From Shadows to Spotlight: Exploring the Escalating Burden of Alcohol-Associated Liver Disease and Alcohol Use Disorder in Young Women

Pojsakorn Danpanichkul, Cheng Han Ng, Mark Muthiah, Kanokphong Suparan, Darren Jun Hao Tan, Kwanjit Duangsonk, Banthoon Sukphutanan, Siwanart Kongarin, Nateeluck Harinwan, Nuttada Panpradist, Hirokazu Takahashi, Takumi Kawaguchi, Polathep Vichitkunakorn, Nathorn Chaiyakunapruk, Surakit Nathisuwan, Daniel Huang, Juan Pablo Arab, Mazen Noureddin, Jessica Leigh Mellinger, Karn Wijarnpreecha

Research output: Contribution to journalArticlepeer-review

5 Scopus citations


INTRODUCTION:The burden of alcohol-related complications is considerable, particularly alcohol-associated liver disease and alcohol use disorder (AUD). However, there are deficiencies in comprehensive epidemiological research focusing on these issues, especially among young women who display higher susceptibility to such complications compared with their male counterparts. We thus aimed to determine the global burden of these conditions in this vulnerable group.METHODS:Leveraging data from the Global Burden of Disease Study 2019, we analyzed the prevalence, mortality, and disability-adjusted life years of alcohol-associated cirrhosis (AC), liver cancer from alcohol, and AUD in young women. The findings were categorized by region, nation, and sociodemographic index.RESULTS:The highest age-standardized prevalence rates were observed in AUD (895.96 [95% uncertainty interval (UI) 722.6-1,103.58]), followed by AC (65.33 [95% UI 48.37-86.49]) and liver cancer from alcohol (0.13 [95% UI 0.09-0.19]) per 100,000 people. The highest age-standardized mortality rates were observed in AC (0.75 [95% UI 0.55-0.97]), followed by AUD (0.48 [95% UI 0.43-0.53]) and liver cancer from alcohol (0.06 [95% UI 0.04-0.09]). The highest burdens of AC and AUD were observed in Central Europe, whereas the high-income Asia Pacific had the highest burden of liver cancer from alcohol.DISCUSSION:Throughout the past decade, the trend of AUD varied among regions while the impact of alcohol-associated liver disease has increased, requiring urgent public health strategy to mitigate these complications, particularly in female patients in Europe and the Asia-Pacific region.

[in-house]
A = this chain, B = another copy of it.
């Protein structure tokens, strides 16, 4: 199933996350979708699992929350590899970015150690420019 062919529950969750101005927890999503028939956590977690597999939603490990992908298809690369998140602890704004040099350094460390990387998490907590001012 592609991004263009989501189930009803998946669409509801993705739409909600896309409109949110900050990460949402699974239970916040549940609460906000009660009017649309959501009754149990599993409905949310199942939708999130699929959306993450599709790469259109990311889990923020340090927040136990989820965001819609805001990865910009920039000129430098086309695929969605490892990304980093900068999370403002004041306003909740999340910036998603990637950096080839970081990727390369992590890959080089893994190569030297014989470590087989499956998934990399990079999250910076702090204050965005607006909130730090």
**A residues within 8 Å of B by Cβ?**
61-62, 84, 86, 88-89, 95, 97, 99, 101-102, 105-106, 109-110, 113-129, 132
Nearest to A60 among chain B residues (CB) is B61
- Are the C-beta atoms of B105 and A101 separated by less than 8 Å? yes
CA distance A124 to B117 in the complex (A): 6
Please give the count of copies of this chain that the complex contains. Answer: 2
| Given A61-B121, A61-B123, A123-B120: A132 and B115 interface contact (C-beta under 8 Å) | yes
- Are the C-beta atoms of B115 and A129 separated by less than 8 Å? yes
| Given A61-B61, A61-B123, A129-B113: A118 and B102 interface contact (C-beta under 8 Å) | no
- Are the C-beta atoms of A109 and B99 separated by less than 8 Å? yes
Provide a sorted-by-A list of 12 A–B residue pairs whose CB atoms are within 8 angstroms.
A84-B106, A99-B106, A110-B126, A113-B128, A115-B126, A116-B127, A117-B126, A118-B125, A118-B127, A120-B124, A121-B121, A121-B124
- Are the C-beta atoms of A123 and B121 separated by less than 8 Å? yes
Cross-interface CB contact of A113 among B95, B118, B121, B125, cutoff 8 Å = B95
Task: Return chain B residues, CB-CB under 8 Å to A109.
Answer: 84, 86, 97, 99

Original languageEnglish (US)
Pages (from-to)893-909
Number of pages17
JournalAmerican Journal of Gastroenterology
Issue number5
StatePublished - May 1 2024


  • alcohol
  • cirrhosis
  • liver cancer
  • woman

ASJC Scopus subject areas

  • Hepatology
  • Gastroenterology


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